Research Article | Open Access
Jorge U. Carmona, Diana L. Ríos, Catalina López, María E. Álvarez, Jorge E. Pérez, "Proinflammatory and Anabolic Gene Expression Effects of Platelet-Rich Gel Supernatants on Equine Synovial Membrane Explants Challenged with Lipopolysaccharide", Veterinary Medicine International, vol. 2017, Article ID 6059485, 9 pages, 2017. https://doi.org/10.1155/2017/6059485
Proinflammatory and Anabolic Gene Expression Effects of Platelet-Rich Gel Supernatants on Equine Synovial Membrane Explants Challenged with Lipopolysaccharide
Platelet-rich plasma (PRP) preparations are used in horses with osteoarthritis (OA). However, some controversies remain regarding the ideal concentration of platelets and leukocytes to produce an adequate anti-inflammatory and anabolic response in the synovial membrane. The aims of this study were to study the influence of leukoconcentrated platelet-rich gel (Lc-PRG) and leukoreduced platelet-rich gel (Lr-PRG) supernatants on the quantitative expression of some proinflammatory and anabolic genes in equine synovial membrane explants (SMEs) challenged with lipopolysaccharide (LPS). SMEs from six horses were cultured over 96 h. Then, SMEs were harvested for RNA extraction and quantitative gene expression analysis by RT-qPCR for nuclear factor kappa B (NFB), matrix metalloproteinase 13 (MMP-13), a disintegrin and metalloproteinase with thrombospondin motifs 4 (ADAMTS-4), collagen type I alpha 1 (COL1A1), collagen type II alpha 1 (COL2A1), and cartilage oligomeric matrix protein (COMP). The 25% and 50% Lc-PRG supernatants led to downregulation of NFB, MMP-13, ADAMTS-4, COL1A1, COL2A1, and COMP in SMEs. Lr-PRG supernatants (particularly at the 50% concentration) induced downregulation of NFB, MMP-13, ADAMTS-4, and COL1A1 and upregulation of COL2A1 and COMP. Lr-PRG supernatants should be used for the treatment of inflammatory arthropathies in horses because they have anti-inflammatory and anabolic effects in the synovial membrane.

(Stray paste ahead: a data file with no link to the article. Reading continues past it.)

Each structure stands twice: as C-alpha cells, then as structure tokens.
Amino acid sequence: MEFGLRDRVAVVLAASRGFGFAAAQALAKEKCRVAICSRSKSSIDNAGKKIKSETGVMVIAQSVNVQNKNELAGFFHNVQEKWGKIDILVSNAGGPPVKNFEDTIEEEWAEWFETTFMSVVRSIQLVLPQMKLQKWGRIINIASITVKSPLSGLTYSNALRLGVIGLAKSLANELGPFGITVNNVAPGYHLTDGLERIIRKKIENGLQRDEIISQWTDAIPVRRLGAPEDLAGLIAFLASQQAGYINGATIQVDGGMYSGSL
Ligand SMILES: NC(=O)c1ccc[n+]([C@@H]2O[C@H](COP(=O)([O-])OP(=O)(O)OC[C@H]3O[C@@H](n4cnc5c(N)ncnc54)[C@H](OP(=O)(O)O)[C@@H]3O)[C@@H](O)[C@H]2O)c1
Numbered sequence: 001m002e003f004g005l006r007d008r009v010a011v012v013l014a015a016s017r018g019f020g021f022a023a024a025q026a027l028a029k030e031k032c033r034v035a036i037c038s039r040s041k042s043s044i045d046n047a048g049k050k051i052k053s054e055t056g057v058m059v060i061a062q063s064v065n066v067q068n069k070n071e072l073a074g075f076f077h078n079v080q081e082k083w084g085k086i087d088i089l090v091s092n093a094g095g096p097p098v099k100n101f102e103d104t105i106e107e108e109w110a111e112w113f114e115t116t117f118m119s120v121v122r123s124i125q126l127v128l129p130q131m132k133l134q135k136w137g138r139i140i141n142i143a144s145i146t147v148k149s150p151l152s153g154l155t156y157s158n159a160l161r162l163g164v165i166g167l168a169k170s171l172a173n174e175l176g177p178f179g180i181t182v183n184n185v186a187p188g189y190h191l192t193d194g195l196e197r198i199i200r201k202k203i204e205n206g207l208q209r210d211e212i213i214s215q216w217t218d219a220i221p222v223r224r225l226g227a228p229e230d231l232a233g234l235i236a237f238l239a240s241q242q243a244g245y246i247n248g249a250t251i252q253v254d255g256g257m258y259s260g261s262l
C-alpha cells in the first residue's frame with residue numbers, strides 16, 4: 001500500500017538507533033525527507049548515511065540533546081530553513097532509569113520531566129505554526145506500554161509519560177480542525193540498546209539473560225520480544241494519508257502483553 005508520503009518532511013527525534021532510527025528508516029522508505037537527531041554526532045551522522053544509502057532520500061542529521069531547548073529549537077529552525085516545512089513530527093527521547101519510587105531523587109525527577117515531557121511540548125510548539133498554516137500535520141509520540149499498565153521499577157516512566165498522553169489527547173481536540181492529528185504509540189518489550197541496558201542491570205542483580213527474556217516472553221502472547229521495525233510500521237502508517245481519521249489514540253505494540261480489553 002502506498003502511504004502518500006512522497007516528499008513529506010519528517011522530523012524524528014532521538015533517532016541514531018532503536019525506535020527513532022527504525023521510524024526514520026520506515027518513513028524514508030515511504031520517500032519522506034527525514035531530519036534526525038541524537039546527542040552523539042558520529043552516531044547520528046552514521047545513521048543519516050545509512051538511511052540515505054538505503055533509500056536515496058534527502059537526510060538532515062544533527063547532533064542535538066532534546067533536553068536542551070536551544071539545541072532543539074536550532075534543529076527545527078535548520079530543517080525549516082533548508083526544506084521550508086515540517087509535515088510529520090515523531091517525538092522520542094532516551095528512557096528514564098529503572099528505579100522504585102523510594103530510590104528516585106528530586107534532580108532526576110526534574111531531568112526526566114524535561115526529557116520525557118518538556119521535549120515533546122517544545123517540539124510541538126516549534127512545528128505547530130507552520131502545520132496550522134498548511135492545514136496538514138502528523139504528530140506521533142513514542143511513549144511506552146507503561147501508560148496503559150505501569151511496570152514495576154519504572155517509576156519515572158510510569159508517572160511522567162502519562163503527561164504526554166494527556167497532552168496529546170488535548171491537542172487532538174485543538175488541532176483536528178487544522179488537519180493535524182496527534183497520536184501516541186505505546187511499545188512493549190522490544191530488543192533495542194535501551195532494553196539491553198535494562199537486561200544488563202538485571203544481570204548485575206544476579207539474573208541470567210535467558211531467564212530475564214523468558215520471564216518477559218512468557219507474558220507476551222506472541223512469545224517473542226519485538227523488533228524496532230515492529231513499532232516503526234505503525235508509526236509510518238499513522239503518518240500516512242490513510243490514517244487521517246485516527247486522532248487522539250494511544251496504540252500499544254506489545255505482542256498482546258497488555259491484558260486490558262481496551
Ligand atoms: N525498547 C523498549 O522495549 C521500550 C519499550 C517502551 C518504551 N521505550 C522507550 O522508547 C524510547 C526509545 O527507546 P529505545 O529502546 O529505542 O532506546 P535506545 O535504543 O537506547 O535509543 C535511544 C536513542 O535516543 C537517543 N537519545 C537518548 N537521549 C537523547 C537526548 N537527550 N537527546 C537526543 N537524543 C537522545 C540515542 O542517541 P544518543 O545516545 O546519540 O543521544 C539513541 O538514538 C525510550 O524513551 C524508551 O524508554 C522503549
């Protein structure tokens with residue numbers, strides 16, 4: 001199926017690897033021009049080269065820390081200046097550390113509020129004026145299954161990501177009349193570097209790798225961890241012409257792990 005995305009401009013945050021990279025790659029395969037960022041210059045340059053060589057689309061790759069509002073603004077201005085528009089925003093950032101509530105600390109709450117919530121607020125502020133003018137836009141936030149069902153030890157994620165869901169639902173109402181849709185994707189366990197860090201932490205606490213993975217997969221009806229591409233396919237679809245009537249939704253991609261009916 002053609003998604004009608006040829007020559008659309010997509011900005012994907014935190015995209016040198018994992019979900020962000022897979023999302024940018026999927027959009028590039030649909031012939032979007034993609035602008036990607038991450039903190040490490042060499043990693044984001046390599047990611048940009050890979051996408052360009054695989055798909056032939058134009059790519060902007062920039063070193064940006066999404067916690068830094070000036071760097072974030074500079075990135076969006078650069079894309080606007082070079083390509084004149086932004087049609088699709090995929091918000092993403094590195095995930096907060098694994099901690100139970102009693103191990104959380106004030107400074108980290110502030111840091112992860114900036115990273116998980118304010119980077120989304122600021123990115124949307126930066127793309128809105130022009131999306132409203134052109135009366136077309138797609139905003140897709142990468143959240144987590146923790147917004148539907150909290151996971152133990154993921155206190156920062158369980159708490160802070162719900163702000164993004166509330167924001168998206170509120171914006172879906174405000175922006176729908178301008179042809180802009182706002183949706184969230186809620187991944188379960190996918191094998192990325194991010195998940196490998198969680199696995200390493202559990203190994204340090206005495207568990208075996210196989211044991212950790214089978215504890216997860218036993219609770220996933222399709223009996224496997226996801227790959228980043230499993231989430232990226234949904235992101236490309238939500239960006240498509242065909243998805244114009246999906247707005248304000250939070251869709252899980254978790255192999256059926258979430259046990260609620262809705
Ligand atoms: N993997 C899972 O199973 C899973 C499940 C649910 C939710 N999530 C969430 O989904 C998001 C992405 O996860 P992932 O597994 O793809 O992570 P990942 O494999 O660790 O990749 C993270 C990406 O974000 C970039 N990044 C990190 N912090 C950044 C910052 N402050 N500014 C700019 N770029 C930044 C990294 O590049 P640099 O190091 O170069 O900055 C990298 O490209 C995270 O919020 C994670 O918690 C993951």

Currently, platelet-rich plasma (PRP) and other platelet-related products have emerged as a therapeutic option for the treatment of osteoarthritis (OA) in humans [1, 2] and horses [2–6]. However, there are several PRP preparations with different cellular (platelets and white blood cells (WBCs)) and molecular (growth factors (GFs) and cytokines) profiles, which undoubtedly produce different joint tissue responses after they come into contact with these substances [1, 2, 7, 8].
Although not perfected, there is a standard classification for liquid PRP preparations, which comprises two categories: leukoreduced PRP (Lr-PRP) and leukoconcentrated PRP (Lc-PRP) preparations . In a general fashion, Lr-PRP preparations are represented by cell concentrates with variable counts of platelets and without or with negligible numbers of WBCs, whereas Lc-PRP preparations are hemoderivatives with high concentration of leukocytes . Notably, once any PRP preparation is mixed with an activating substance, like calcium salts or thrombin, it is polymerized into a platelet-rich gel (PRG), which is a live biological scaffold with the capacity to retain and release GFs over time .
There are controversies about which PRP preparation (either Lr-PRP or Lc-PRP) is better to treat osteoarthritic patients [4, 11, 12]. Some investigators favor the use of Lr-PRP , whereas others recommend using Lc-PRP preparations . However, additional research is necessary to address this concern. In line with this, we have performed an in vitro study to evaluate the effects of different concentrations (25 and 50%) of Lr-LPG and Lc-PRG supernatants over a 96 h period on anabolic and proinflammatory gene expression in synovial membrane explants (SMEs) challenged with lipopolysaccharide (LPS).
We evaluated the expression of some key genes (nuclear factor kappa B (NFB), matrix metalloproteinase 13 (MMP-13), a disintegrin and metalloproteinase with thrombospondin motifs 4 (ADAMTS-4), collagen type I alpha 1 (COL1A1), collagen type II alpha 1 (COL2A1), and cartilage oligomeric matrix protein (COMP)) implicated in joint homeostasis and pathology. Our hypotheses were that both PRG supernatants at different concentrations produce diverse gene expression changes in inflamed SMEs.